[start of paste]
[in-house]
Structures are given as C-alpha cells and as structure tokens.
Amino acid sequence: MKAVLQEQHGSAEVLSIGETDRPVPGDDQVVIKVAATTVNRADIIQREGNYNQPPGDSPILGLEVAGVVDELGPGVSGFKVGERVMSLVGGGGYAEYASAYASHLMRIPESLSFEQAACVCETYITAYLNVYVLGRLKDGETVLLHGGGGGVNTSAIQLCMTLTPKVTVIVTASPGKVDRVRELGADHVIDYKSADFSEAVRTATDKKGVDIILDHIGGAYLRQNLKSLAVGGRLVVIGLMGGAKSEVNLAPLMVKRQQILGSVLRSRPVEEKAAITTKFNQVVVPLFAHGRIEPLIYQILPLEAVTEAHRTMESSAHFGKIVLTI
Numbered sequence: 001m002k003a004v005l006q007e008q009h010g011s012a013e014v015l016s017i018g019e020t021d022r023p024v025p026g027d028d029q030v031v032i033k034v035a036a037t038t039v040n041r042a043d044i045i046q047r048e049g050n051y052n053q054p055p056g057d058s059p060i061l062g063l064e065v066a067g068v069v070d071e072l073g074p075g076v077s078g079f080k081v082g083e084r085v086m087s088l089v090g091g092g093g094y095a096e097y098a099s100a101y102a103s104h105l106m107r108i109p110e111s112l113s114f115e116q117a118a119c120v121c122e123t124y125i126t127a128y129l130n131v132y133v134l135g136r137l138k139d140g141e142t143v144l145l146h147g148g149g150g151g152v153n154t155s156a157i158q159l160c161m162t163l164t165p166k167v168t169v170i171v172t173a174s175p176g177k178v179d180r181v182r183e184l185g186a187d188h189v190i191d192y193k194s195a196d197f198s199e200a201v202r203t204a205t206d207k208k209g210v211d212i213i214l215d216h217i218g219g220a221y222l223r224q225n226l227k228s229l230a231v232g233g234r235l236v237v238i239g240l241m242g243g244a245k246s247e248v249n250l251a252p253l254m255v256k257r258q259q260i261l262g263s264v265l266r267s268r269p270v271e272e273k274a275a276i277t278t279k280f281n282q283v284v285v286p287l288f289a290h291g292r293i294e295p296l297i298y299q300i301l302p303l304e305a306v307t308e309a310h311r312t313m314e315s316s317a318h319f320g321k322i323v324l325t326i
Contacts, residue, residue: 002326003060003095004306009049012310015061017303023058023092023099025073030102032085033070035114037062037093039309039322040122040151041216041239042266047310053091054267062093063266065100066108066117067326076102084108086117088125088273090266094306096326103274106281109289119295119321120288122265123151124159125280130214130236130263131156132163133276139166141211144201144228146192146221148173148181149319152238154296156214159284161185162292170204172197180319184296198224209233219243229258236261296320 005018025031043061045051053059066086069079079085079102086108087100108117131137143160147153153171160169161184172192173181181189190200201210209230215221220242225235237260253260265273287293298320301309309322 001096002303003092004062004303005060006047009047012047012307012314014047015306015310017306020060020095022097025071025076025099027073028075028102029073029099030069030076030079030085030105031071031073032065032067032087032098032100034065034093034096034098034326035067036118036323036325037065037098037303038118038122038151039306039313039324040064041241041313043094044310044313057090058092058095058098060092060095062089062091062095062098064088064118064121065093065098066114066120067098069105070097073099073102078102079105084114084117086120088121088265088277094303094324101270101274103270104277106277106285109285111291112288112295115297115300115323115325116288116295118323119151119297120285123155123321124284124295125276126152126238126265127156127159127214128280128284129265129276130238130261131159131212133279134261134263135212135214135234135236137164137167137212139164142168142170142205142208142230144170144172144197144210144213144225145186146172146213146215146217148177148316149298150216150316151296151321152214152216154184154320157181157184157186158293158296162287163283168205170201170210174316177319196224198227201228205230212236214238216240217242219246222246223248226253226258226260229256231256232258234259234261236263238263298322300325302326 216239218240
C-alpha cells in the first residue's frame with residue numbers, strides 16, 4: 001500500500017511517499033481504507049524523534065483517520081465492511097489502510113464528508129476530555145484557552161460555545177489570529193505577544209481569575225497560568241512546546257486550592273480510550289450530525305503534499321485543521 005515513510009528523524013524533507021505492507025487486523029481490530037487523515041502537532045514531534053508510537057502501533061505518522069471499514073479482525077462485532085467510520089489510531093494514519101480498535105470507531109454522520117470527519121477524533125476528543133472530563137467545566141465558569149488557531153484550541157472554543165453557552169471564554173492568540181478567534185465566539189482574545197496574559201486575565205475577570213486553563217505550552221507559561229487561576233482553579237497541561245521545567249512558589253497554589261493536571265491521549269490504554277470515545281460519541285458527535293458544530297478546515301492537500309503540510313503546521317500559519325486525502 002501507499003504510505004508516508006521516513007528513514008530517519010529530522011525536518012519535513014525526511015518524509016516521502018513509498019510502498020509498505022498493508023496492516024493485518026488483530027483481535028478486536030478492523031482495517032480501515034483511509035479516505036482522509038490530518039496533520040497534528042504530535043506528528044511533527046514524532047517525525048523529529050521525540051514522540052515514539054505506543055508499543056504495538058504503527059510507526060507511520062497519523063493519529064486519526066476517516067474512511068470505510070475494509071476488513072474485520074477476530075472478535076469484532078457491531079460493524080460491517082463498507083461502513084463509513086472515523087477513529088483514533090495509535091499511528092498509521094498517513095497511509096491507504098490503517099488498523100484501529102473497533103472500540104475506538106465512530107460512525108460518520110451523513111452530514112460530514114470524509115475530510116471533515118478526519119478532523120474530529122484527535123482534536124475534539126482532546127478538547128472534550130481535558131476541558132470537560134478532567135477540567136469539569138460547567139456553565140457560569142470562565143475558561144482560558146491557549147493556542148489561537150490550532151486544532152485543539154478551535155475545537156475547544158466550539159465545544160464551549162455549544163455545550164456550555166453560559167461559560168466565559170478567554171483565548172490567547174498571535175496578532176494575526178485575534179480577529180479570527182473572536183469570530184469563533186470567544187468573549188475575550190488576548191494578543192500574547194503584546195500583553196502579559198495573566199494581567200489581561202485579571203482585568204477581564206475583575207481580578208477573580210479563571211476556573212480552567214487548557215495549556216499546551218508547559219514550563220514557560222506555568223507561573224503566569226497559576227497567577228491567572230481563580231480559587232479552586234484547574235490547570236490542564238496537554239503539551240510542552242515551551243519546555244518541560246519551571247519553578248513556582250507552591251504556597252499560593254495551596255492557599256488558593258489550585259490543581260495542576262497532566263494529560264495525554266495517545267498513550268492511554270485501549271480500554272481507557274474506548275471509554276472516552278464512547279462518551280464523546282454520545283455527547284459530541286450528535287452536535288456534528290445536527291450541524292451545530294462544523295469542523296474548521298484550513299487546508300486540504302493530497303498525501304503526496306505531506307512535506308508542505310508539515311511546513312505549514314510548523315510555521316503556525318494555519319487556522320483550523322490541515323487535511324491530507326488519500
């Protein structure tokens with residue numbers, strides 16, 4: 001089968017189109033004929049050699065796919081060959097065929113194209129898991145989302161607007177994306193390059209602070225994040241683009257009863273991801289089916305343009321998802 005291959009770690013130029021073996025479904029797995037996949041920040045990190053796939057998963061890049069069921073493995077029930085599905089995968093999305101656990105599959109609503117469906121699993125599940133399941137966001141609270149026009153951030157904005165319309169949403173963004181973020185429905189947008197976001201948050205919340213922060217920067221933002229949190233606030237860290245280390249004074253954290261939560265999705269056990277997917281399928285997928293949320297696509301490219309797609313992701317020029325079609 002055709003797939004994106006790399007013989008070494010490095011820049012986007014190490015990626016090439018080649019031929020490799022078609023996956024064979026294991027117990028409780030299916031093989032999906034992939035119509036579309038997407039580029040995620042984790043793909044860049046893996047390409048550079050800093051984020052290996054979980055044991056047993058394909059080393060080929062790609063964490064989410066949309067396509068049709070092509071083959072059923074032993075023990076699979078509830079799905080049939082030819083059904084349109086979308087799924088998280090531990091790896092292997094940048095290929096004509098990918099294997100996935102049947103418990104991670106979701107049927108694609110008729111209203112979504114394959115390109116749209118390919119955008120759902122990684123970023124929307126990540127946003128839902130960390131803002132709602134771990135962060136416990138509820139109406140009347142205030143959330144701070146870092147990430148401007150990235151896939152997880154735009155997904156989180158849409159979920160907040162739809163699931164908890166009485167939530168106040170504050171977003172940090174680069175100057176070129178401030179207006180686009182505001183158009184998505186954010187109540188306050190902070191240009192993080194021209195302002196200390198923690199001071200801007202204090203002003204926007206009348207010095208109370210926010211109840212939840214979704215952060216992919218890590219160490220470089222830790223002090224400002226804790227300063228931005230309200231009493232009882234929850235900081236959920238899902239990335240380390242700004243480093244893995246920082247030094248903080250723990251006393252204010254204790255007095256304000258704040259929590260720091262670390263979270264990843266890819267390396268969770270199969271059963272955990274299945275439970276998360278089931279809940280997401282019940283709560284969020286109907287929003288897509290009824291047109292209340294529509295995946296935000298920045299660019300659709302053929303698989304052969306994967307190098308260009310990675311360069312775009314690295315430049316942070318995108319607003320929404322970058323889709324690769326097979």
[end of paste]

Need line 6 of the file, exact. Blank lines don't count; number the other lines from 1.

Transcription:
C-alpha cells in the first residue's frame with residue numbers, strides 16, 4: 001500500500017511517499033481504507049524523534065483517520081465492511097489502510113464528508129476530555145484557552161460555545177489570529193505577544209481569575225497560568241512546546257486550592273480510550289450530525305503534499321485543521 005515513510009528523524013524533507021505492507025487486523029481490530037487523515041502537532045514531534053508510537057502501533061505518522069471499514073479482525077462485532085467510520089489510531093494514519101480498535105470507531109454522520117470527519121477524533125476528543133472530563137467545566141465558569149488557531153484550541157472554543165453557552169471564554173492568540181478567534185465566539189482574545197496574559201486575565205475577570213486553563217505550552221507559561229487561576233482553579237497541561245521545567249512558589253497554589261493536571265491521549269490504554277470515545281460519541285458527535293458544530297478546515301492537500309503540510313503546521317500559519325486525502 002501507499003504510505004508516508006521516513007528513514008530517519010529530522011525536518012519535513014525526511015518524509016516521502018513509498019510502498020509498505022498493508023496492516024493485518026488483530027483481535028478486536030478492523031482495517032480501515034483511509035479516505036482522509038490530518039496533520040497534528042504530535043506528528044511533527046514524532047517525525048523529529050521525540051514522540052515514539054505506543055508499543056504495538058504503527059510507526060507511520062497519523063493519529064486519526066476517516067474512511068470505510070475494509071476488513072474485520074477476530075472478535076469484532078457491531079460493524080460491517082463498507083461502513084463509513086472515523087477513529088483514533090495509535091499511528092498509521094498517513095497511509096491507504098490503517099488498523100484501529102473497533103472500540104475506538106465512530107460512525108460518520110451523513111452530514112460530514114470524509115475530510116471533515118478526519119478532523120474530529122484527535123482534536124475534539126482532546127478538547128472534550130481535558131476541558132470537560134478532567135477540567136469539569138460547567139456553565140457560569142470562565143475558561144482560558146491557549147493556542148489561537150490550532151486544532152485543539154478551535155475545537156475547544158466550539159465545544160464551549162455549544163455545550164456550555166453560559167461559560168466565559170478567554171483565548172490567547174498571535175496578532176494575526178485575534179480577529180479570527182473572536183469570530184469563533186470567544187468573549188475575550190488576548191494578543192500574547194503584546195500583553196502579559198495573566199494581567200489581561202485579571203482585568204477581564206475583575207481580578208477573580210479563571211476556573212480552567214487548557215495549556216499546551218508547559219514550563220514557560222506555568223507561573224503566569226497559576227497567577228491567572230481563580231480559587232479552586234484547574235490547570236490542564238496537554239503539551240510542552242515551551243519546555244518541560246519551571247519553578248513556582250507552591251504556597252499560593254495551596255492557599256488558593258489550585259490543581260495542576262497532566263494529560264495525554266495517545267498513550268492511554270485501549271480500554272481507557274474506548275471509554276472516552278464512547279462518551280464523546282454520545283455527547284459530541286450528535287452536535288456534528290445536527291450541524292451545530294462544523295469542523296474548521298484550513299487546508300486540504302493530497303498525501304503526496306505531506307512535506308508542505310508539515311511546513312505549514314510548523315510555521316503556525318494555519319487556522320483550523322490541515323487535511324491530507326488519500